The Wolf You Feed

We’re coming up on the end of Wolf season. It’s the second time in history that there was a regulated wolf hunt in the lower 48 United States. The first being in 2009, before the Simpson/Tester delisting rider passed congress.

It's been interesting to watch the adjustments made at the Commission level, from the elimination of hunter orange after the big game season to using hunters to help remove problem wolves, to extending the Bitterroot season until April 1st. Some of it makes sense, like extending the general season to February 15th, in the hopes of adding a few more wolves to the quota. Others tested our collective conscience of what it means to be an ethical hunter. 

The West Fork of the Bitterroot is ground zero in the wolf saga of Montana. That iconic herd of elk has crashed, and crashed hard. There are a number of reasons why that crash happened, and yes, wolves had something to do with it. But a little known law had more to do with it. The law, HB 42 passed in 2003 required FWP to manage “at or below” objectives for elk. The Legislature mandated that we manage below carrying capacity. Like it was as easy as passing a bill. 

That led to the issuance of approximately 1000 antlerless elk tags. We shot the shit out of that herd. In the mean time, you have a switch in season structure for Mountain Lions, going to a more restrictive hunt (and thus helping increase the quality of cat hunting in the area), decreased interest in bear hunting, and a myriad of habitat problems, from a decade of drought, to conifer encroachment to loss of winter range and subdivisions. But mostly, an over-reaching legislature passed a bad bill which started a chain event that caused a once mighty elk herd to crash. 

Thanks for that. It’s a shining example of why we don’t want legislators setting objectives, seasons or a host of other issues and procedures. 

So, last week, the Commission voted 3-2 to extend the wolf hunting season in WMU 250 until April 1st. Two commission members whom I deeply respect voted no. Commissioner Ron Moody spoke about why he voted no on Montana Public Radio’s news show the other day. I believe that he has some valid points. Now, I was the strongest proponent for moving forward with the extension, but I don’t think we should think of this as a fair chase hunt. It is a management action. Commissioner Moody has some ethical reservations about that. I do too. Commissioner Ream pointed out that the current study is implicating Lions as the major predator of elk calves and that increasing the harvest of wolves isn’t necessarily get us what we are looking for. I can respect a no vote based off of a conviction that we’re making a wrong decision. Ream’s next motion was to increased the number of tags available in WMU 250 by 50% and add more cat hunters. What it boils down to is an honest discussion about how we manage wolves. Not one filled with rants about tapeworms and super-Canadian wolves eating babies.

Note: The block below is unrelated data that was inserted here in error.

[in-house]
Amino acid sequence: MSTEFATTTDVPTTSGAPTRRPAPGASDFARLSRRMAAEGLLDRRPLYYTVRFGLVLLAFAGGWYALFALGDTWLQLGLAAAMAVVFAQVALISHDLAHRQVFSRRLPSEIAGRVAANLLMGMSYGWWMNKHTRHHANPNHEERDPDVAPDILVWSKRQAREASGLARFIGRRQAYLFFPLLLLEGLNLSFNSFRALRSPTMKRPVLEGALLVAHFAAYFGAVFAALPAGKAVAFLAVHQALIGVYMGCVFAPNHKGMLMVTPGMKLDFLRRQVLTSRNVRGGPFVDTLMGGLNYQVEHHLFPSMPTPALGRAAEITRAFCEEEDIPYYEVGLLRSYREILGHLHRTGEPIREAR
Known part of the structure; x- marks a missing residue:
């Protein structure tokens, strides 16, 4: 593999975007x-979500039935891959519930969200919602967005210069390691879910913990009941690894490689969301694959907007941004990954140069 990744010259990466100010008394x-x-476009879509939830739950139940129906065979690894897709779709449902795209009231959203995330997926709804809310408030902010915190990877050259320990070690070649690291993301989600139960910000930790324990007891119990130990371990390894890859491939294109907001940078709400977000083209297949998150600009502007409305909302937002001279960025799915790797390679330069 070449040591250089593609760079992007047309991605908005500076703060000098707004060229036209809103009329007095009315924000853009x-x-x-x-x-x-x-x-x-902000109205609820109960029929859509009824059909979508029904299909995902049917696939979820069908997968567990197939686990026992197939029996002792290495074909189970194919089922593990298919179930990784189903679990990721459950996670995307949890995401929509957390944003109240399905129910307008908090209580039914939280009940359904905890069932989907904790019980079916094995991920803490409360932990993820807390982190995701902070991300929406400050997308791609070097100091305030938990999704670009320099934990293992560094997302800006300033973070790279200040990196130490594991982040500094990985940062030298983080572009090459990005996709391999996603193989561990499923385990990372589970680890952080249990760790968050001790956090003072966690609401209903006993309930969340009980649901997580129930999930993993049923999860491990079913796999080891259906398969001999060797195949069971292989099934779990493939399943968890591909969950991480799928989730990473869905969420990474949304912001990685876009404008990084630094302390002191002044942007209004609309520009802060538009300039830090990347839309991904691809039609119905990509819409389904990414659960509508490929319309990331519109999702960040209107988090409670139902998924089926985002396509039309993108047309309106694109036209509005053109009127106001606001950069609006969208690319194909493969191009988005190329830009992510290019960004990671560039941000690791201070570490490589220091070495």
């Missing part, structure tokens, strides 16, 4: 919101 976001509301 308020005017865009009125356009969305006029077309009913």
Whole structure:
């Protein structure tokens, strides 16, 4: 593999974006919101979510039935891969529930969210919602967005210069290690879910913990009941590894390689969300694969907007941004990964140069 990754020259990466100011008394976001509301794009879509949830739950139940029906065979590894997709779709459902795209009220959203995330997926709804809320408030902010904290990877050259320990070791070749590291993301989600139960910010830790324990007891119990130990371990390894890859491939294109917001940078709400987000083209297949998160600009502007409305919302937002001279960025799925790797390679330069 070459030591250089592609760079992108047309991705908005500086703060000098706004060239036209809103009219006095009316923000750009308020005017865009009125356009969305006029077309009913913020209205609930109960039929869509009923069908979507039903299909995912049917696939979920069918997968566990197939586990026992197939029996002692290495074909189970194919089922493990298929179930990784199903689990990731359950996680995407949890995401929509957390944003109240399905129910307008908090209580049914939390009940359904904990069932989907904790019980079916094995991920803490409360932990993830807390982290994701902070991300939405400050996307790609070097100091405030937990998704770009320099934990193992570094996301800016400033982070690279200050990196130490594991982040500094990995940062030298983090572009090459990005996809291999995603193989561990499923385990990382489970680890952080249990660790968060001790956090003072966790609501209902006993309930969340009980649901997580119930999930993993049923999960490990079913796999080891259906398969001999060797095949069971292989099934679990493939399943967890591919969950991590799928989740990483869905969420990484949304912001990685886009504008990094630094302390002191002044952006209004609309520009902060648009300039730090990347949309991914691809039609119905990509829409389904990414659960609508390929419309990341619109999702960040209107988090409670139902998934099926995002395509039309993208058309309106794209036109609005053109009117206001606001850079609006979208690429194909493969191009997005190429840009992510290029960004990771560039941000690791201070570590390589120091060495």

We’re a long way from filling the quota. Many wanted a higher quota, and now that we’re not able to find 220 wolves willing to be shot, there’s a loud contingency out there calling for gunships and poison. 

There’s an old Cherokee story: 

Legend has it that one evening an old Cherokee told his grandson about a battle that goes on inside people. He said, "My son, the battle is between two wolves inside us all. One is Evil. It is anger, envy, jealousy, sorrow, regret, greed, arrogance, self-pity, guilt, resentment, inferiority, lies, false pride, superiority, and ego. The other is Good. It is joy, peace, love, hope, serenity, humility, kindness, benevolence, empathy, generosity, truth, compassion and faith."

The grandson thought about it for a minute and then asked his grandfather: "Which wolf wins?" The old Cherokee replied, "The one you feed."

Go hunt. Quit whining and let’s finish this job

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Hellgate Hunters and Anglers
Our Mission is to conserve Montana's wildlife, wild places, and fair-chase hunting and fishing heritage.